Post-Polio Syndrome - Symptoms

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What are the symptoms of post-polio syndrome?

Symptoms include slowly progressive muscle weakness, unaccustomed fatigue (both generalized and muscular), and, at times, muscle atrophy. Pain from joint degeneration and increasing skeletal deformities such as scoliosis are common. Some patients experience only minor symptoms. While less common, others may develop visible muscle atrophy, or wasting.

Post-polio syndrome is rarely life-threatening. However, untreated respiratory muscle weakness can result in underventilation, and weakness in swallowing muscles can result in aspiration pneumonia.

The severity of residual weakness and disability after acute poliomyelitis tends to predict the development of post-polio syndrome. Patients who had minimal symptoms from the original illness will most likely experience only mild post-polio syndrome symptoms. People originally hit hard by the poliovirus and who attained a greater recovery may develop a more severe case of post-polio syndrome with a greater loss of muscle function and more severe fatigue. It should be noted that many polio survivors were too young to remember the severity of their original illness and that accurate memory fades over time.

According to estimates by the National Center for Health Statistics, more than 440,000 polio survivors in the United States may be at risk for post-polio syndrome. Researchers are unable to establish a firm prevalence rate, but they estimate that the condition affects 25 percent to 50 percent of these survivors, or possibly as many as 60 percent, depending on how the disorder is defined and which study is quoted.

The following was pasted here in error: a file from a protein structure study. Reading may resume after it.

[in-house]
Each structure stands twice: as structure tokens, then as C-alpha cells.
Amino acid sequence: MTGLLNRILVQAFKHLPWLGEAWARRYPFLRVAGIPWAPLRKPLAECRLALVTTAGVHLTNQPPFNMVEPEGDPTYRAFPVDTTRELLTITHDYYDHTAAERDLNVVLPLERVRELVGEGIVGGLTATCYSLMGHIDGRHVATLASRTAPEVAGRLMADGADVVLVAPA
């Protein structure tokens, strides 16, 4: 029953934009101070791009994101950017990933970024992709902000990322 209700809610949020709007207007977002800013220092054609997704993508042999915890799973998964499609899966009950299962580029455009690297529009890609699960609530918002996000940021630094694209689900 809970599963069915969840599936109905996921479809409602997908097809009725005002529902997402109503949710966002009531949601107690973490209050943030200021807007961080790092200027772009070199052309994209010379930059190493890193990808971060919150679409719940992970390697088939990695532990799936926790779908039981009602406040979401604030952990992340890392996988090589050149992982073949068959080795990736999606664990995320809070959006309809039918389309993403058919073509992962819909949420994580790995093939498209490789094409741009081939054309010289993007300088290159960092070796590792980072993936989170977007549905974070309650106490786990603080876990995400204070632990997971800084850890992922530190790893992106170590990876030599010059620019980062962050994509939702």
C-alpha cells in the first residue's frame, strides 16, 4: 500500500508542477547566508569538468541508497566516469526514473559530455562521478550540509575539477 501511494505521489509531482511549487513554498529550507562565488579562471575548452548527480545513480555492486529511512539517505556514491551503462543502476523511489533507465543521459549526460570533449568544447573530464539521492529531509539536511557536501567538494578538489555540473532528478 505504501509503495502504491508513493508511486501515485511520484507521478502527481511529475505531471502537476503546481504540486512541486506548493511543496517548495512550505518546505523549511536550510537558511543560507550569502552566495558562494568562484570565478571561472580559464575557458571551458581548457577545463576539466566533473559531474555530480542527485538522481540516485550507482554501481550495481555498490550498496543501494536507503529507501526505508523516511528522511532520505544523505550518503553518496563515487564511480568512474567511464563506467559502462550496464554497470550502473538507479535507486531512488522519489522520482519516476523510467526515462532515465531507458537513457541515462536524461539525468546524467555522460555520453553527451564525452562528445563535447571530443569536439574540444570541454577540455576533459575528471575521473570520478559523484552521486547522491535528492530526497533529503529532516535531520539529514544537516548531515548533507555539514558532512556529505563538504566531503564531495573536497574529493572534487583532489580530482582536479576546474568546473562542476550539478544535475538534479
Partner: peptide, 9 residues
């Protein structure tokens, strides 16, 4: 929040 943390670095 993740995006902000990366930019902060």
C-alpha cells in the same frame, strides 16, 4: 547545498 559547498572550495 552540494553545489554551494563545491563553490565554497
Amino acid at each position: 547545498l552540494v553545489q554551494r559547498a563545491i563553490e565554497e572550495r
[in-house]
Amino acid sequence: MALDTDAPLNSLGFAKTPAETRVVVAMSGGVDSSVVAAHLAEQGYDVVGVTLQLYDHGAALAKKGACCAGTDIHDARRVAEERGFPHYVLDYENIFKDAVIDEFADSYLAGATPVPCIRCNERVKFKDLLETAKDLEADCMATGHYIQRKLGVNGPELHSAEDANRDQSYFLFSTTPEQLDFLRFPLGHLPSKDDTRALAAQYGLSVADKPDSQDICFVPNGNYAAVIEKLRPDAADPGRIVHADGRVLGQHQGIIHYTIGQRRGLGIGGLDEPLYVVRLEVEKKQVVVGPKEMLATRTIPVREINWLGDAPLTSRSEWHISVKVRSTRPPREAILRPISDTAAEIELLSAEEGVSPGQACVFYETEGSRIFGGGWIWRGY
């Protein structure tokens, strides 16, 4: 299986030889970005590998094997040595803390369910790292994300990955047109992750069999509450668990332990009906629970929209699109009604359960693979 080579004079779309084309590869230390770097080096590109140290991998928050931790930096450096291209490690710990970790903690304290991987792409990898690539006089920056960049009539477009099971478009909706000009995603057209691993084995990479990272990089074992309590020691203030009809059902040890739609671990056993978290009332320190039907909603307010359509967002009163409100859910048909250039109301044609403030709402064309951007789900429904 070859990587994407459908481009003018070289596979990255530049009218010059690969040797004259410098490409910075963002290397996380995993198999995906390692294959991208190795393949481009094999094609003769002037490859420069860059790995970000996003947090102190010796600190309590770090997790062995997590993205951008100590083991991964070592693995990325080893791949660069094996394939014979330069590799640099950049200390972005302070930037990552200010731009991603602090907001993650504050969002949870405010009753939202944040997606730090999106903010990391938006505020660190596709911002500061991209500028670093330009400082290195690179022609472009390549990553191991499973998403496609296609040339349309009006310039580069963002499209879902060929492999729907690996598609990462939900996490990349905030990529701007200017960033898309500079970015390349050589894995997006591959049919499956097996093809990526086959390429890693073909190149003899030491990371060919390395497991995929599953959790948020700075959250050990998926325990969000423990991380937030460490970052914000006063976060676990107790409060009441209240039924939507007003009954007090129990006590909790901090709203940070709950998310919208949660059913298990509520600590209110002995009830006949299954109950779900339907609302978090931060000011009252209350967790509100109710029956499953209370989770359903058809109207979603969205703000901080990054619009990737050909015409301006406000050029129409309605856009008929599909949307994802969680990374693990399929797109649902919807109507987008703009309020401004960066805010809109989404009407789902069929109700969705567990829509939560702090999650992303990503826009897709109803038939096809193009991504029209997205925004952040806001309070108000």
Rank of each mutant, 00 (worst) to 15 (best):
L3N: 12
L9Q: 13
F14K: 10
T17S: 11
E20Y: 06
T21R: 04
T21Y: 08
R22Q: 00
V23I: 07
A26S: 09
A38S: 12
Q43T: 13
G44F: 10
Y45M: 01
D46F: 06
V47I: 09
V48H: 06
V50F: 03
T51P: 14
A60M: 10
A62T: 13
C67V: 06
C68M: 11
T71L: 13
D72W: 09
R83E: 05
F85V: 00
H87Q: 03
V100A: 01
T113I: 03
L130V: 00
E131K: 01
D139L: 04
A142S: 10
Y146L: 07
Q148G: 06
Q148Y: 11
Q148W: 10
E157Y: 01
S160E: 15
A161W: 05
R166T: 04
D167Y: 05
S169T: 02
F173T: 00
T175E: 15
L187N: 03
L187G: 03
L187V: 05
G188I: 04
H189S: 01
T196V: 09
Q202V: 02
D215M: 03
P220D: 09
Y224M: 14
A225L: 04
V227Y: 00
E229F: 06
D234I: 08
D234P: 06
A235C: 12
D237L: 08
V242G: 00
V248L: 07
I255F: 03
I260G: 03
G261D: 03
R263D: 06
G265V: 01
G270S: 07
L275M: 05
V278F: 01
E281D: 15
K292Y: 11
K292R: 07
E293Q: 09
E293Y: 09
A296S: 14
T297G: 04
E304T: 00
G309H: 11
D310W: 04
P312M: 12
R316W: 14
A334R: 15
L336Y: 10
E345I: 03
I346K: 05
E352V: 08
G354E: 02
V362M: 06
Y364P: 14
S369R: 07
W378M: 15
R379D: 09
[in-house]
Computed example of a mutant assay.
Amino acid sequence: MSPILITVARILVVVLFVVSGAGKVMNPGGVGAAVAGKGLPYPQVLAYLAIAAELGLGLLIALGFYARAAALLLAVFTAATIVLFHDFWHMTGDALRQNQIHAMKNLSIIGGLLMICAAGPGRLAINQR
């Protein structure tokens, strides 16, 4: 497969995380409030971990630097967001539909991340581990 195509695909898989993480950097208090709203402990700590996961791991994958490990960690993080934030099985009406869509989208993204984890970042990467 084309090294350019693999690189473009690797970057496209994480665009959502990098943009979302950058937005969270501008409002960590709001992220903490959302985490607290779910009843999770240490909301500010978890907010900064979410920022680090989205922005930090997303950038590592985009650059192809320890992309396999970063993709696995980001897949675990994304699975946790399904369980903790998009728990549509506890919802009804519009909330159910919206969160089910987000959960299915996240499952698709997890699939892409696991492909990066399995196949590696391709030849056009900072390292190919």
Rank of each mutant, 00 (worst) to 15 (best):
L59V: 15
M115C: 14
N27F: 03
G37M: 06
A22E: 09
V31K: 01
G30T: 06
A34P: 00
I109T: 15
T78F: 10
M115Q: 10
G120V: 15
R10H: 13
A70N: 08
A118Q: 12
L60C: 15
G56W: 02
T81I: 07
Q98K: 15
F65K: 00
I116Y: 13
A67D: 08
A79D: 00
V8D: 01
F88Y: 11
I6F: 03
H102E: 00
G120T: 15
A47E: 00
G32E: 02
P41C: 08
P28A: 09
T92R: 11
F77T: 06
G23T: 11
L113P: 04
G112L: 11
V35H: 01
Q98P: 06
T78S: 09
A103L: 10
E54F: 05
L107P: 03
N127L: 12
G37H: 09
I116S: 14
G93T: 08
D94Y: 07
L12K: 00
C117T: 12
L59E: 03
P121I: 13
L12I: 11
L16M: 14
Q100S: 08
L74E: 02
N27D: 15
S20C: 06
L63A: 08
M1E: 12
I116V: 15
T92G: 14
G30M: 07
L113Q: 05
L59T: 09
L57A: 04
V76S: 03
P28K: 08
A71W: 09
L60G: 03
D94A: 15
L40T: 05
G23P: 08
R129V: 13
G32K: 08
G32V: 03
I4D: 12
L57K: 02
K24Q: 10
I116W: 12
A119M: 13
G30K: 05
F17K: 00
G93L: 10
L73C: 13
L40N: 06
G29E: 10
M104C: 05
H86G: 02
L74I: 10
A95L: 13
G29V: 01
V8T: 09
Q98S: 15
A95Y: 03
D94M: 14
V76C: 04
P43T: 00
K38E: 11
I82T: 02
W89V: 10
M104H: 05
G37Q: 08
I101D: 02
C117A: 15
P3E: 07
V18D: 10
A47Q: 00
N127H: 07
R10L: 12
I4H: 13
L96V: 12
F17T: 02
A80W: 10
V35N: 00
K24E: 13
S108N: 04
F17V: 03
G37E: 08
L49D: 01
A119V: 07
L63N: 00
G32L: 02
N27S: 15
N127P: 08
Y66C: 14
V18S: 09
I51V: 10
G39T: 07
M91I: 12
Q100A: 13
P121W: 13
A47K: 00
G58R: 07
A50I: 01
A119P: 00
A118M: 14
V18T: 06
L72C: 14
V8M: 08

Patients diagnosed with post-polio syndrome sometimes are concerned that they are having polio again and are contagious to others. Studies have shown that this does not happen.

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Comment from: Scitnor, 55-64 Male (Patient) Published: January 06

I contracted polio when I was (I think) 5 years old. I lost ability to walk. As I remember, my right leg gave out, and, as I recall it was painful to attempt to walk. This would have been somewhere during 1957 to 1959 years, I believe. My parents (still living) don't remember my having polio, but I remember having it, yet I'm not clear on what year/s I experienced polio. I recall taking the sugar cubes and in a short time, I was able to walk. Now however, at 63, my right leg gets numb when walking and/or standing and has been steadily getting worse. Today (1-4-16), I woke up to a numb right leg, tingling as though it's asleep and am unable to put any weight on it. Yet, I can bend/operate my right foot. Odd!

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Comment from: pinecrone, 65-74 Female (Patient) Published: February 25

I am 70 and had polio when I was 3. Today I have pain in my legs and back, COPD, and arthritis everywhere. I have told doctors for years that I had polio. Since I was able to walk (a little), they said I was cured! I was sent to physical therapy where the process was more painful than I could bear. At 66 I had an orthopedic doctor confirm it was post-polio. Today I need a wheel chair and can only manage to walk across a room before it is too much. I resent that there are no doctors to help us. Drugs do not work. I've had them all. Life is much better without them. They do not help the pain.

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